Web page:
Public library in the new millennium : new services for the information age

Persistent Link:
http://hdl.handle.net/10150/105523
Title:
Public library in the new millennium : new services for the information age
Author:
Bhat, Ishwara
Citation:
Public library in the new millennium : new services for the information age 2007-09,
Issue Date:
Sep-2007
Description:
This was a presentation made at the Conference of Librarians at Jaipur, India, on 16th September 2007.
URI:
http://hdl.handle.net/10150/105523
Submitted date:
2007-10-05
Abstract:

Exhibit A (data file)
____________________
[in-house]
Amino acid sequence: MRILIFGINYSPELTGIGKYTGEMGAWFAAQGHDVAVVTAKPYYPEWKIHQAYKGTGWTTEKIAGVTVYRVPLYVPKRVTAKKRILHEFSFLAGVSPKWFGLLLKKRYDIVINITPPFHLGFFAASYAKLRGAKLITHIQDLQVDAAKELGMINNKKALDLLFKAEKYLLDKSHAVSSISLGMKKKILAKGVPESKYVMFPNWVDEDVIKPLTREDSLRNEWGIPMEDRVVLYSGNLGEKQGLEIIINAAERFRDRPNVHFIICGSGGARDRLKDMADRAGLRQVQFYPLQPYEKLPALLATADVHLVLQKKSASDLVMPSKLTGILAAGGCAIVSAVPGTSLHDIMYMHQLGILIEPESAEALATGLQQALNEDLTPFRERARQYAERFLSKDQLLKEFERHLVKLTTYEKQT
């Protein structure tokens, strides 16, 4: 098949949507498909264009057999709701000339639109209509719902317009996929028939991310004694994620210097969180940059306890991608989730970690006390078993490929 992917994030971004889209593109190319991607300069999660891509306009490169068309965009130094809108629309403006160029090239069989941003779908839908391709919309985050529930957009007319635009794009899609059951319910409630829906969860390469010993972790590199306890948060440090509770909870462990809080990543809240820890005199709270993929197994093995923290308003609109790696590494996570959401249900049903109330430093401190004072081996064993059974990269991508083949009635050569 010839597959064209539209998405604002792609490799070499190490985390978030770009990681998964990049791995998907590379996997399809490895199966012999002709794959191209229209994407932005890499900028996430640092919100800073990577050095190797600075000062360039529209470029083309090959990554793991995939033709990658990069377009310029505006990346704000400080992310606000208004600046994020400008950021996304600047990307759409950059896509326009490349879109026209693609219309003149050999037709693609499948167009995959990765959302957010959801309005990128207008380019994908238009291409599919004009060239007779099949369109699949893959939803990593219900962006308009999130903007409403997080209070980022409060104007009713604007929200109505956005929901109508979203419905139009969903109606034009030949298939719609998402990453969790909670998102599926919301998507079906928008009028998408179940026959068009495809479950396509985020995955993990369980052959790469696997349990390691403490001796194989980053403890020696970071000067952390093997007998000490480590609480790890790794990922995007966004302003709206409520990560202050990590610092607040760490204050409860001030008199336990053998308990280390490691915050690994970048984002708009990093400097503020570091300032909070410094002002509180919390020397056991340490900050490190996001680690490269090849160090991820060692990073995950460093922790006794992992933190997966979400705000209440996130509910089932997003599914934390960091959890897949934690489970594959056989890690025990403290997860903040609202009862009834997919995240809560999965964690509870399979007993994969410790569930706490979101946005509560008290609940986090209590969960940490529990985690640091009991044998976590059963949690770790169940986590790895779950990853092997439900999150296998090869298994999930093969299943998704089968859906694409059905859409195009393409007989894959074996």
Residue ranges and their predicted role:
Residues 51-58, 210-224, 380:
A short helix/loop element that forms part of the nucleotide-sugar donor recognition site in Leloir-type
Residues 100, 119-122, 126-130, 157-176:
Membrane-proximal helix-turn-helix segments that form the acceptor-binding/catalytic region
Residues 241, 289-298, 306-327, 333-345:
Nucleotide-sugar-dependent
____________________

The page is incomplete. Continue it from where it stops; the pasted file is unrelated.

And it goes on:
Once the internet and digital media took the world by storm, many IT pundits predicted the death of books and libraries, but it has not happened. Library as a physical facility continues to be much valued and will remain so for the foreseeable future. The role of public library as a center for getting knowledge and information, for recreation purposes or as a social institution, remains paramount. Reading habit continues to be the third most popular activity in Indian cities as found in recent surveys. Books provide huge variety of content, for every class of reader. Besides, for academic and recreational reading, print books are supreme. Therefore, books will continue to be the main resource in our libraries though the internet and e-resources need to be integrated into our scheme of things since they have advantages because of quick search and dissemination. Apart from being a handy information resource, Internet is a great tool for various library purposes including remote access to the resources, publicizing library services, speedy communication etc. The range of services delivered by the public libraries will need to differ from place to place in response to the needs of the community and the principle â one size fits allâ will not work. One challenge in the new millennium is how to make our public libraries relevant to the illiterates and the poor which is a staggering population in our country. Timely availability of knowledge and information will make a change in their lives. Public libraries will have to build up locally relevant content in the form of databases and yellow pages since such information is more useful to the community though not available in printed sources. Author suggests that in Rajasthan wherein the public library act was recently enacted, a pilot project could be tried wherein a cluster of village libraries will concentrate more on interactive knowledge sharing programs besides providing locally generated content. Each village library will have a small book collection, mainly for reference, whereas the lending services will be through the mobile libraries coming from the District Central Library. Public libraries also need to explore more ways to earn revenue in the form of rentals for the halls and display areas, sponsorships for library website, charges for internet service, fees for classes and workshops etc. Author calls upon the public librarians to work closer with other agencies in government, universities, private sectors and civil society in order to collaborate with them for holding knowledge sharing programs. The author concludes with an upbeat note about the future of public libraries in India. Indiaâ s National Knowledge Commission has recognized public libraries as powerful agencies of the knowledge economy. The National Planning Commission has agreed to earmark Rs 1000 crores in the XI Plan for the development of libraries and another Rs 1000 crores will be mobilized from public private partnership. These are very positive signs and public libraries should look forward to brighter days in future.